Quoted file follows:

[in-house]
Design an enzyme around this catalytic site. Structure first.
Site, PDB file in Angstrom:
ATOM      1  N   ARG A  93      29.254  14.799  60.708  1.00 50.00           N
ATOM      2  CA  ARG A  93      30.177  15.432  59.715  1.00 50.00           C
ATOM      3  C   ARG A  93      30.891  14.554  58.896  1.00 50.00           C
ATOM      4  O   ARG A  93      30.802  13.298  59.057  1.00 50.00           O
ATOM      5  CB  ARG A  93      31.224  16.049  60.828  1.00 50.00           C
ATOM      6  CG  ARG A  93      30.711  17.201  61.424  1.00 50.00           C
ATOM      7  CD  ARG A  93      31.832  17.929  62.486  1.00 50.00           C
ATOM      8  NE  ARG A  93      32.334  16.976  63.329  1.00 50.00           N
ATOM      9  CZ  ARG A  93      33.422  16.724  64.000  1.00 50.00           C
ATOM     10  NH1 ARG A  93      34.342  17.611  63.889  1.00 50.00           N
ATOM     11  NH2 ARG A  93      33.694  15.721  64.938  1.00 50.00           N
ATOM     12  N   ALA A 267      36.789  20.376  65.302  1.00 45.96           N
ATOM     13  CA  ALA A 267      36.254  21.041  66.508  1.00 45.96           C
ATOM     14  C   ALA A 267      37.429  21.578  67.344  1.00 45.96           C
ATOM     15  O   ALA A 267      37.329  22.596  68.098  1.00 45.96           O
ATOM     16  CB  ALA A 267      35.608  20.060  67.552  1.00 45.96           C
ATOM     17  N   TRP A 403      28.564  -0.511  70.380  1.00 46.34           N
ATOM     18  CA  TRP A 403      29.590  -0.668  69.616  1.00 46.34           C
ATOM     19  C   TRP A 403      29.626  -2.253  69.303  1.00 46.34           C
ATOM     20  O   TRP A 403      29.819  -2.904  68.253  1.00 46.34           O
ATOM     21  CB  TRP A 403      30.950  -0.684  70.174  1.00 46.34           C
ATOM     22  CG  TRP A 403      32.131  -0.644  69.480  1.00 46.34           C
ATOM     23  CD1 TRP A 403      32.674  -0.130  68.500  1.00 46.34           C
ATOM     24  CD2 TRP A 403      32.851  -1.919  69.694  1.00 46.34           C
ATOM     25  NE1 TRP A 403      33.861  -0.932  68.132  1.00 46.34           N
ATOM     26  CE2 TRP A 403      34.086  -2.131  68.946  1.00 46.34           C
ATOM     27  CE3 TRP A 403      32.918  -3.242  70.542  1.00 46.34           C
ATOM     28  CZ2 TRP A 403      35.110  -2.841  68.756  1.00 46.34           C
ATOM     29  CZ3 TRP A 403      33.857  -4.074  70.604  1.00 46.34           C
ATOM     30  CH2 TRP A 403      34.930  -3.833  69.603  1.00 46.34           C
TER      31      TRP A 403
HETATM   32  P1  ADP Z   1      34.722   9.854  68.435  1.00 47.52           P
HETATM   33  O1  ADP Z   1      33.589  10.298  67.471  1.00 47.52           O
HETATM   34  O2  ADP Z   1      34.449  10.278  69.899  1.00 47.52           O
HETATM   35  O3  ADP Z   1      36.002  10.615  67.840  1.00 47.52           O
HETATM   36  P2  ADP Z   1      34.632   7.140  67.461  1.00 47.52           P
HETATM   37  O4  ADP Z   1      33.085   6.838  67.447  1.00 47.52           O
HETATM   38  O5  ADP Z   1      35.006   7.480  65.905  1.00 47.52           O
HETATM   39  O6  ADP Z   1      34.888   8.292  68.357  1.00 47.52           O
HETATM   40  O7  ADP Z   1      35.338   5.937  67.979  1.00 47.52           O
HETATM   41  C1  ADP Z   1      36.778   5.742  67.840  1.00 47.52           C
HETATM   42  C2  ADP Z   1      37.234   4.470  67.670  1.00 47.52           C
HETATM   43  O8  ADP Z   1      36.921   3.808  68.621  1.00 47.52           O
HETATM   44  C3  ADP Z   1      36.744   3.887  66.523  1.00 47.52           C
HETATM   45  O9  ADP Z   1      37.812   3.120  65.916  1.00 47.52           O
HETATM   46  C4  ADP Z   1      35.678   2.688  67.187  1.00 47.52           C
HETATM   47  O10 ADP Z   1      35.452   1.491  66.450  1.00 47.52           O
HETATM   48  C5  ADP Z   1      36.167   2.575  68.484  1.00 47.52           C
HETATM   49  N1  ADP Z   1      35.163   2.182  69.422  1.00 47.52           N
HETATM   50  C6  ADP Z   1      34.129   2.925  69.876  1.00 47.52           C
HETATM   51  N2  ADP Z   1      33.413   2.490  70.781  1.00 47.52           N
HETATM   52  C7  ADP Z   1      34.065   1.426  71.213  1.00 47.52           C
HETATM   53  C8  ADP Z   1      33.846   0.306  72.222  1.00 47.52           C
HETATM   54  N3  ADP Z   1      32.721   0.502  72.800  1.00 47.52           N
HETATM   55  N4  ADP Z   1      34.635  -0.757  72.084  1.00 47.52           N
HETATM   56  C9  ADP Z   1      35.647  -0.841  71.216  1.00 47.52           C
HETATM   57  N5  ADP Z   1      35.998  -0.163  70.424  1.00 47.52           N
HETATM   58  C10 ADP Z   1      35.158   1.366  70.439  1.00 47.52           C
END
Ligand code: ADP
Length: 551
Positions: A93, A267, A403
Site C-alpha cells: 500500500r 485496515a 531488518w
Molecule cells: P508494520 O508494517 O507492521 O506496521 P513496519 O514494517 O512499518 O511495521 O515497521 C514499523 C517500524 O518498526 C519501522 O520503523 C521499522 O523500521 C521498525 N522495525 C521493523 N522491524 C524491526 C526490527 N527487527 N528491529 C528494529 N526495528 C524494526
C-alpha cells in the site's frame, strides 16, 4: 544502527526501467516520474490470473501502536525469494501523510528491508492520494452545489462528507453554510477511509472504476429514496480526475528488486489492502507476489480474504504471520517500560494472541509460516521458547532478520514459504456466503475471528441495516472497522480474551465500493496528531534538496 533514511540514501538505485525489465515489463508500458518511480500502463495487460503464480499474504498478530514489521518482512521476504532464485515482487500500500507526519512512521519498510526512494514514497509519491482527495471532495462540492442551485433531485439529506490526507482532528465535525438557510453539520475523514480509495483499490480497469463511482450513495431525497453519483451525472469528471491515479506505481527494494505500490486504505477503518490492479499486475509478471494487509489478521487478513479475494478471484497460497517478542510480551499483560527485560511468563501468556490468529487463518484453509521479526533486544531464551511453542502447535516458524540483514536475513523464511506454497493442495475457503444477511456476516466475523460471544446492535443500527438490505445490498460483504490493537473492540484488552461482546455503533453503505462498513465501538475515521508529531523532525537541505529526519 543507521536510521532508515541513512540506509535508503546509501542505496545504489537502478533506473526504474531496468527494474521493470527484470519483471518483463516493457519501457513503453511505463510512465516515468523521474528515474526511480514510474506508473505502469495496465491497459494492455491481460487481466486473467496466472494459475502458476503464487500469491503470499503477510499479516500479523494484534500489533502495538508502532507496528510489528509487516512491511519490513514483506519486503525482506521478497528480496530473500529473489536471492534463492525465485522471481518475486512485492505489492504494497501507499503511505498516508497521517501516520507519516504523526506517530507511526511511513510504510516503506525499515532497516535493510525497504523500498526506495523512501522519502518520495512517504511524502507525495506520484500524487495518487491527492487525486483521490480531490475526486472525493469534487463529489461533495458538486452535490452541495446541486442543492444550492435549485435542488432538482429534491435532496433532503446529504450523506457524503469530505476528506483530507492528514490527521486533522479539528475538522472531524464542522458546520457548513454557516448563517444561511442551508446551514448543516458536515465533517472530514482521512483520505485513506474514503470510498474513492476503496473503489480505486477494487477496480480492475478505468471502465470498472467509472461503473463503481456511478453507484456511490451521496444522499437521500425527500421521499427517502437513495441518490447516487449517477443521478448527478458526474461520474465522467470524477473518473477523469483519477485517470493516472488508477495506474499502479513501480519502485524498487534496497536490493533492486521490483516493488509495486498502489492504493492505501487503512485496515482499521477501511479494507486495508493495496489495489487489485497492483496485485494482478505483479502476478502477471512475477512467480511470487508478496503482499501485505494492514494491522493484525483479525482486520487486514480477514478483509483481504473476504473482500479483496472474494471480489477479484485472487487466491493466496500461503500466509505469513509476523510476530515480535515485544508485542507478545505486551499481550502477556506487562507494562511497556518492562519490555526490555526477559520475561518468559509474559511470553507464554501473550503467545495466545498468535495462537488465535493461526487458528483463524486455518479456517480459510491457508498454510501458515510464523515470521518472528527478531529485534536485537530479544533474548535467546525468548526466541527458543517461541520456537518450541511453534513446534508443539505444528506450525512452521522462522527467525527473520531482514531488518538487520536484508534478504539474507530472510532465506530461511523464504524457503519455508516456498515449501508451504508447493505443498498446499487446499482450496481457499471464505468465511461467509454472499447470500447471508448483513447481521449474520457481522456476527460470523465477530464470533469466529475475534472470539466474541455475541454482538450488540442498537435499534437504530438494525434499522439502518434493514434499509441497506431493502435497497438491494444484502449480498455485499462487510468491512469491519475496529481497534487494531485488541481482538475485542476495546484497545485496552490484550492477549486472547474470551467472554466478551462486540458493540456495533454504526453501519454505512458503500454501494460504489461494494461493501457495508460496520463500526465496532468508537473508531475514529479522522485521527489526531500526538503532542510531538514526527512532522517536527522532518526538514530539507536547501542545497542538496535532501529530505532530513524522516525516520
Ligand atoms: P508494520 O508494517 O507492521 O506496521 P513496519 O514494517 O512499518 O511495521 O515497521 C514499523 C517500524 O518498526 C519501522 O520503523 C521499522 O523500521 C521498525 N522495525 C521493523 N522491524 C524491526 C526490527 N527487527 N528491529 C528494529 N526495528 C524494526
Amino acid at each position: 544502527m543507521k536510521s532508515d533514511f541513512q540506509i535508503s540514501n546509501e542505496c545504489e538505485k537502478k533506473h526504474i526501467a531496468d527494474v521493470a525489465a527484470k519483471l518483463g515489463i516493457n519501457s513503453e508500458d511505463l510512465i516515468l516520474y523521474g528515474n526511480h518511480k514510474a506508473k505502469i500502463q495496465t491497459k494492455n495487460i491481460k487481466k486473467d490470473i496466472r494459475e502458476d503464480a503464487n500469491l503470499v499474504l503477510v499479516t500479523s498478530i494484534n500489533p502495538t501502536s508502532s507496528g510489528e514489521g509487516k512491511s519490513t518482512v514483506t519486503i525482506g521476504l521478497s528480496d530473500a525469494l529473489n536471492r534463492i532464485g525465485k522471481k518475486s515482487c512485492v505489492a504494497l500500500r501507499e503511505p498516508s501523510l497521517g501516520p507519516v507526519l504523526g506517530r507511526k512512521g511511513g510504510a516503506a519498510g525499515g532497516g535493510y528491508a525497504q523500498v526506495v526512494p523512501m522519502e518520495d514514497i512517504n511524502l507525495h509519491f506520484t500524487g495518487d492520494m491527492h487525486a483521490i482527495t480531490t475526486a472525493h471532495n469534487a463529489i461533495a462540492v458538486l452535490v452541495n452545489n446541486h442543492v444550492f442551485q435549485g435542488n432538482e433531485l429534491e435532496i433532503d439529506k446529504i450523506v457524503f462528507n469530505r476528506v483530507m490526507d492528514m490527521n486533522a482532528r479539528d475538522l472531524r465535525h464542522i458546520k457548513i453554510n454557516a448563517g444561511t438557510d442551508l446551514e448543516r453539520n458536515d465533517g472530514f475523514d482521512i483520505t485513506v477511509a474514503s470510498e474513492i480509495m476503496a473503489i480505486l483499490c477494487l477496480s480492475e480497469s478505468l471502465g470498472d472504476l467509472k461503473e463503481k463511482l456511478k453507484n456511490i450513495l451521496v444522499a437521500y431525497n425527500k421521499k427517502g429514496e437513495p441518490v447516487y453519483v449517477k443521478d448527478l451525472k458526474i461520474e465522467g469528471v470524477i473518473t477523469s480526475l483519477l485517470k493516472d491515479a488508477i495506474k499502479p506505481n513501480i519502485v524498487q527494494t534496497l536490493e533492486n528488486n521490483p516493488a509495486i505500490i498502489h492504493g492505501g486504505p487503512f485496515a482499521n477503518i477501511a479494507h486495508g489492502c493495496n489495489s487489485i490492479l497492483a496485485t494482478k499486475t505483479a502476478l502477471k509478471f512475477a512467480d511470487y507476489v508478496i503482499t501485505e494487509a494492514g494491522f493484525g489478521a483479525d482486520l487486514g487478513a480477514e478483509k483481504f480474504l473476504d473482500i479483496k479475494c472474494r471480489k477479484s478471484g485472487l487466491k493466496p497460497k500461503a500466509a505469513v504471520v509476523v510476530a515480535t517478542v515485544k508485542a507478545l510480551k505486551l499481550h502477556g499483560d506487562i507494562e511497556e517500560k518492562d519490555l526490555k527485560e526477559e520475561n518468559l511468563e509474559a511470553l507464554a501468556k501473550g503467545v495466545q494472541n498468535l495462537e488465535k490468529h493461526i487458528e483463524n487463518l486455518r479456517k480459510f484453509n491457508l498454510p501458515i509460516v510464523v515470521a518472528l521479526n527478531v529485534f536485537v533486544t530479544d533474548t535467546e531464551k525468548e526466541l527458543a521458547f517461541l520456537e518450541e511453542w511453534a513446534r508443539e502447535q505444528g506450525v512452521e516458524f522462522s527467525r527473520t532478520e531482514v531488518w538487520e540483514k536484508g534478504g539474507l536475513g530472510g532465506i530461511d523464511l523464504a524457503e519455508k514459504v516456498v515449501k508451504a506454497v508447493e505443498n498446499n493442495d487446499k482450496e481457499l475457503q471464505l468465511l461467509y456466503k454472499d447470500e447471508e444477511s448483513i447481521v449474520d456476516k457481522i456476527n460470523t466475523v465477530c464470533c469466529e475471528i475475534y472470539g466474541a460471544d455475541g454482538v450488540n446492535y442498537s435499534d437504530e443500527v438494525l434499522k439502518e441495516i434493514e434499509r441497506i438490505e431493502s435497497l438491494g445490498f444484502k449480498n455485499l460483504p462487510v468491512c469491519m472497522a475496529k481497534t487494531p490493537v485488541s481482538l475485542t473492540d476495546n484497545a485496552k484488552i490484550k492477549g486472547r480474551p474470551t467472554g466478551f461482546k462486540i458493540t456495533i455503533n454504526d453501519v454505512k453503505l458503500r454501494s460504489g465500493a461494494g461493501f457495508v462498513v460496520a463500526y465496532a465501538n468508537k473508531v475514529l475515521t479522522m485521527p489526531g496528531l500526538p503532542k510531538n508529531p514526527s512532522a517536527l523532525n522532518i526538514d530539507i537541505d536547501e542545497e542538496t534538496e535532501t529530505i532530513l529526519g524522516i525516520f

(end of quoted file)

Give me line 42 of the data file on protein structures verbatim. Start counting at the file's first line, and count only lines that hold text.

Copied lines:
HETATM   39  O6  ADP Z   1      34.888   8.292  68.357  1.00 47.52           O